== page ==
The NHS's Summary Care Records are not "a bureaucratic attack on our entitlement to privacy" (letters, 16 March), but part of a worthy attempt by the NHS to reduce from 4,000 the number of patients who die each year because of "inappropriate treatments".
I am an ageing patient who is currently treated by two hospitals, neither of which knows what tests and treatments the other one has given me. I find this dangerous. Moreover, when I meet a new doctor in a new surgery, I find I can no longer remember the names of the five drugs I take daily. A Summary Care Record would tell the doctor what medications I am taking at the click of a mouse.
If I had Aids, or if I mistrusted computer databases, or if I was a celebrity who was afraid of the press making hay with my clinical record, I might think about opting out. If I did, all I would have to do is make a call to my GP, or fill out a form from a website.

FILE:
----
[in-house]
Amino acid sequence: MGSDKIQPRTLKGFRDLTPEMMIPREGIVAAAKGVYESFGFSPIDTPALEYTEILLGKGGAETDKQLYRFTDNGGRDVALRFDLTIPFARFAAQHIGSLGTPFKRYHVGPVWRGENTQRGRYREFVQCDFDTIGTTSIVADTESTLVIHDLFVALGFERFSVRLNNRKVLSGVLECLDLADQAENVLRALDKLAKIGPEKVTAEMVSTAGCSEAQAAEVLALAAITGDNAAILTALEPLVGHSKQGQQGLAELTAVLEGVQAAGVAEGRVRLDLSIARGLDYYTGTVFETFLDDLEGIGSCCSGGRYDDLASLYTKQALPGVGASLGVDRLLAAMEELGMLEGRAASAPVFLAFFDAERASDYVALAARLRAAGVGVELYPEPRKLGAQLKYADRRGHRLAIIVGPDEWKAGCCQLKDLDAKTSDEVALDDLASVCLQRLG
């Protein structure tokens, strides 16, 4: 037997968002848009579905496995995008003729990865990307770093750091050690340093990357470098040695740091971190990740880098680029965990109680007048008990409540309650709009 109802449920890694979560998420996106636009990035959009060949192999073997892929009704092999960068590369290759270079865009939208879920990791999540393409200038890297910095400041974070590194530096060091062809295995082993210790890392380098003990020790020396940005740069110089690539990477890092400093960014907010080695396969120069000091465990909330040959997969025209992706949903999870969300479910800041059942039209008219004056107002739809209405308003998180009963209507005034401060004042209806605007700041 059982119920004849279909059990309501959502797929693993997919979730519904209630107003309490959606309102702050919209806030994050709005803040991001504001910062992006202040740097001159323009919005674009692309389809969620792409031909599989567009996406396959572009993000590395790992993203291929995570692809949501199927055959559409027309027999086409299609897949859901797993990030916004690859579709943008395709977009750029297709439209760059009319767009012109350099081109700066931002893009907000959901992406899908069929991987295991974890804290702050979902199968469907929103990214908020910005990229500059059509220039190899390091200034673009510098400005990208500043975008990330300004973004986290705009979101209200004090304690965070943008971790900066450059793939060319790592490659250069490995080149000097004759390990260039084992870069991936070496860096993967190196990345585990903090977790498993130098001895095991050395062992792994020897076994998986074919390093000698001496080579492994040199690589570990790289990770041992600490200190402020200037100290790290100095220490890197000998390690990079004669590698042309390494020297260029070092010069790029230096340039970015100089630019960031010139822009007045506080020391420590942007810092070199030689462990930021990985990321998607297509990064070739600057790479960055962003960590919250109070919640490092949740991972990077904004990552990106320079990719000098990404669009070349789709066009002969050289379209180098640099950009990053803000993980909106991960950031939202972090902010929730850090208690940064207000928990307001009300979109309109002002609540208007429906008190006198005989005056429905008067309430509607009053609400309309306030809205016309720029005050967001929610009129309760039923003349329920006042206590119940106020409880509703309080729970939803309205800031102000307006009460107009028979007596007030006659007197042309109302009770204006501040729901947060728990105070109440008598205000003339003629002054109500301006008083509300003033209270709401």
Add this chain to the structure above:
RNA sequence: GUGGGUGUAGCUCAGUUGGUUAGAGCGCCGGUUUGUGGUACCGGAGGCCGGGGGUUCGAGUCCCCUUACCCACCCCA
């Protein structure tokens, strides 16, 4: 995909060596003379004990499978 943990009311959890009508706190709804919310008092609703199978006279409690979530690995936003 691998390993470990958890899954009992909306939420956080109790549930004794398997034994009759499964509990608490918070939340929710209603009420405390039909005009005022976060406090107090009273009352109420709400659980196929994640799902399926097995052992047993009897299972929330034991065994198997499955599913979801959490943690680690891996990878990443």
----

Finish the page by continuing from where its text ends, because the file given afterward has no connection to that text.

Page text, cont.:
I find it bizarre that the BMA and many clinicians seem to be scared of Care Records. Electronic records provide them with easily accessible evidence about the back-history of their patients. Doctors talk loftily about the benefits of "evidence-based medicine", but perhaps they really prefer to fly by the seat of their pants, as they have done in the past.
Richard Marr (letters, 17 March) says of the Government's NHS Summary Care Records plan: "If this were my project I wouldn't allow anyone to opt out." I, for one, am heartily relieved that he is not in charge. His statement seems to me to be verging on the totalitarian.
Time for Catholics to take a stand